While Shmidlapp was wrestling with many unkind thoughts, Fenwick gave his guileless smile: “I am strongly in favor of wages rising — which is entirely different from raising wages. Let wages go up as far as they can and deserve to, for the right reasons, which means in response to demand and supply and freedom to choose… Take domestic servants, Mr. Shmidlapp. Why maids, cooks, cleaning women, laundresses have enjoyed a fantastic increase in their earnings. And notice, please, that domestic servants are not organized; they don’t have a union, or a congressional lobby. Or take bank clerks…”
In Arizona, voters decided to ban smoking in public places but also decided to raise taxes on cigarettes to fund a child health-care program. What will they do with the fallout from dwindling tax revenues? (Oh. Silly me!) I’m sure there are other similar examples from all over the country.
For far too many people, what they know is what they can be persuaded to believe, and they can be persuaded to believe two or more mutually exclusive things simultaneously with apparently little effort. Without putting my tinfoil hat on too tight, I’m convinced that the primary reason our education system, and that of the majority if not entirety of Western civilization has collapsed is that ignorant people are easily persuaded, and politicians like it that way. So do trial lawyers. A populace with a conscious, rational, disciplined philosophy cannot be easily lead around by the nose. Such a philosophy must be avoided in a democratic society if power is to be acquired and accumulated.
To have a populace with such a philosophy, it is crucial to start with the education of youth. Some of us have been lucky in our education. I owe my basic beliefs to the quite good education I received as a child growing up on America’s “Space Coast” during the Cold War and our race to the Moon. The rest of it has been a desire to educate myself that comes from I don’t know where. I know I’m relatively rare; I’ve seen who we keep getting for elected officials and the programs they keep foisting on us to keep getting elected. We don’t “lead ourselves” because most of us aren’t willing to lose what we have in order to become tomorrow’s forgotten martyrs. We know that there are not enough of us to affect radical change – and radical change seems to be the only answer. “Blowing the place up” worked once. I hold little hope that it will again, because the general populace does not share a common philosophy in any way, shape, or form. I’m afraid Henry George was right:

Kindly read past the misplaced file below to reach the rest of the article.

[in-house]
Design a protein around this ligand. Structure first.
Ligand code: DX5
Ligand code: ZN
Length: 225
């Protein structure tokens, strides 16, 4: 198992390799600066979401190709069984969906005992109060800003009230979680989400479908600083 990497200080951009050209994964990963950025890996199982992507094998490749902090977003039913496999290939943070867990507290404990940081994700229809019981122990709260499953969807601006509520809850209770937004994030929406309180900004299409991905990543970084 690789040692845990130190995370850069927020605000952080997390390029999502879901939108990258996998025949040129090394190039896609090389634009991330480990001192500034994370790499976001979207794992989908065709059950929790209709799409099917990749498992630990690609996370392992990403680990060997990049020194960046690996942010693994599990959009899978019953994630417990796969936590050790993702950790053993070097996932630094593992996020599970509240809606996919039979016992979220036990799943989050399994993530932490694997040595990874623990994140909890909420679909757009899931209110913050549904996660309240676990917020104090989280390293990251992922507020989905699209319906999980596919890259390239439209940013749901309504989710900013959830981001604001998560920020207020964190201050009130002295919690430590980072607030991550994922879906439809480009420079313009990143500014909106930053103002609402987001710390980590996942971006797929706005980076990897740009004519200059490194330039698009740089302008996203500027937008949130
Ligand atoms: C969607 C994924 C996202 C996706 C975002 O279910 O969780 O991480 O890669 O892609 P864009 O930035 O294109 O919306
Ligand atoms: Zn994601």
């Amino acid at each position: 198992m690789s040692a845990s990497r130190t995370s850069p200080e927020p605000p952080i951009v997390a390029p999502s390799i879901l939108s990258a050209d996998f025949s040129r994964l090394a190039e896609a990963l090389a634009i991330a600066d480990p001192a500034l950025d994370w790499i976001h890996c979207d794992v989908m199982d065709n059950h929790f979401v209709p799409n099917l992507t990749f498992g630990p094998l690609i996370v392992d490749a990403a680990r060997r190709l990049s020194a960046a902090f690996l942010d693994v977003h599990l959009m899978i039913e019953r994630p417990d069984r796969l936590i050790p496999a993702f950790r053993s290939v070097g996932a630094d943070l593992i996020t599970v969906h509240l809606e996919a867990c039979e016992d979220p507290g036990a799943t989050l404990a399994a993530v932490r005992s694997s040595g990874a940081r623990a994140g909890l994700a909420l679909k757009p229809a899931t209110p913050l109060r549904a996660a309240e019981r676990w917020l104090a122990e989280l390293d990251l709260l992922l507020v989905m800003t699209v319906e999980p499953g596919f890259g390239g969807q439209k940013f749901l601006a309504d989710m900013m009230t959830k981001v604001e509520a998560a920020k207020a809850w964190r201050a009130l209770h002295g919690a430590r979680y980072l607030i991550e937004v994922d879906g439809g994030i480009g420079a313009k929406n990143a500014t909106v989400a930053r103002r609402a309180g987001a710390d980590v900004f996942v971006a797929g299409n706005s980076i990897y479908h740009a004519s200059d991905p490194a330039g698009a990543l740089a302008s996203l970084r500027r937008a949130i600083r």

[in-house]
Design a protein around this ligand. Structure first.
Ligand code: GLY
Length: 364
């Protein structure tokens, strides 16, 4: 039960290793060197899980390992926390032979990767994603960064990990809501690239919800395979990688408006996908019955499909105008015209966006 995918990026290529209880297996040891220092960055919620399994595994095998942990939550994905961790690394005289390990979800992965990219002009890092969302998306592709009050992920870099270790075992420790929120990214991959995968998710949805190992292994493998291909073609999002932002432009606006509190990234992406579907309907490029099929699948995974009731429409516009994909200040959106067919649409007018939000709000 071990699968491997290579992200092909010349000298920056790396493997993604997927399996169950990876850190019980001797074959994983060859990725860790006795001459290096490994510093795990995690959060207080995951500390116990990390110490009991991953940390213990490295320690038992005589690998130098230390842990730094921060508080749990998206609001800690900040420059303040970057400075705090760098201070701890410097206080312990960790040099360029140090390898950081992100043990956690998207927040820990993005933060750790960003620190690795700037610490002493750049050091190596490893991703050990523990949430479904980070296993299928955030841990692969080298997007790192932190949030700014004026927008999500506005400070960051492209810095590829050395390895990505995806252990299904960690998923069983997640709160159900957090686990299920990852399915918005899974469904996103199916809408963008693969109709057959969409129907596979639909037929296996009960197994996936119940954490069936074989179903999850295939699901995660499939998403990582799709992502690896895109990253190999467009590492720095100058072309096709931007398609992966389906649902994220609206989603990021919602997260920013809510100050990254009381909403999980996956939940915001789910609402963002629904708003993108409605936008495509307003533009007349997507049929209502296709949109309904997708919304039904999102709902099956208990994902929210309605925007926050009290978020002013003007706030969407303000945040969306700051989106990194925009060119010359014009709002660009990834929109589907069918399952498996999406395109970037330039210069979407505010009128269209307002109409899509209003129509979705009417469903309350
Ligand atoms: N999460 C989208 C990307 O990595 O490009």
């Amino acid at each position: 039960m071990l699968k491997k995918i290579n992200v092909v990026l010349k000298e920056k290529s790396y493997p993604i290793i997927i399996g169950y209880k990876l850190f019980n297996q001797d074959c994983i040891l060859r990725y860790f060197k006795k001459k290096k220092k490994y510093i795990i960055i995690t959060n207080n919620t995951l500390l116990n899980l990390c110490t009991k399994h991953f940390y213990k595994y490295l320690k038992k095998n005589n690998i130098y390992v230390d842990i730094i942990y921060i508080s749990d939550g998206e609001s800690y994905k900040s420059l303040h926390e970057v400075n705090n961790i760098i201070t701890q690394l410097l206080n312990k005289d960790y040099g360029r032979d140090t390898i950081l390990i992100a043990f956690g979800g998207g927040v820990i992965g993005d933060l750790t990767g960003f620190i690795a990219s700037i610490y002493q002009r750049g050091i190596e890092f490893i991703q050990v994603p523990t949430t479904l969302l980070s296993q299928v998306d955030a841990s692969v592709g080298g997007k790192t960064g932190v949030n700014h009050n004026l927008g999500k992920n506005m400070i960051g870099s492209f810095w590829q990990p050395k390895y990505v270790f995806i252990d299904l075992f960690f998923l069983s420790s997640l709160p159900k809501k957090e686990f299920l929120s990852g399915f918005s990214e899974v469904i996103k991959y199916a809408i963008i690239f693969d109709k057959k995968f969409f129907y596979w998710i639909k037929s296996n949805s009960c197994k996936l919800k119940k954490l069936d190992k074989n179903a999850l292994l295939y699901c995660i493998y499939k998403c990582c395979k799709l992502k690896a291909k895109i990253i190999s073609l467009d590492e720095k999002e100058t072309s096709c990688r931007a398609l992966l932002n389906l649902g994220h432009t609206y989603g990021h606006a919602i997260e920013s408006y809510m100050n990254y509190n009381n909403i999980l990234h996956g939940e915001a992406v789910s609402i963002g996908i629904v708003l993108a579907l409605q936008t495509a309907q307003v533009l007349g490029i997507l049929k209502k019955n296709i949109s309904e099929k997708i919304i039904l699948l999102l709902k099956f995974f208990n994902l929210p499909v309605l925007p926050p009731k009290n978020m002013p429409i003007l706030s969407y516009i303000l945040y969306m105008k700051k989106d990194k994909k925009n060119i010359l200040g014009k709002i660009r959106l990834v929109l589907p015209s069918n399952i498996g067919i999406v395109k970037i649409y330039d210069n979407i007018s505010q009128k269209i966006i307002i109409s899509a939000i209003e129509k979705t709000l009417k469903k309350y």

A corrupt democratic government must finally corrupt the people, and when a people become corrupt there is no resurrection. The life is gone, only the carcass remains; and it is left for the plowshares of fate to bury it out of sight.
And I’m afraid that Osama Bin Laden and his ilk through their madrassas schools have inculcated a shared philosophy that will allow them to build a new empire on the buried carcass of the West.
Aristotle never said empires had to be benevolent.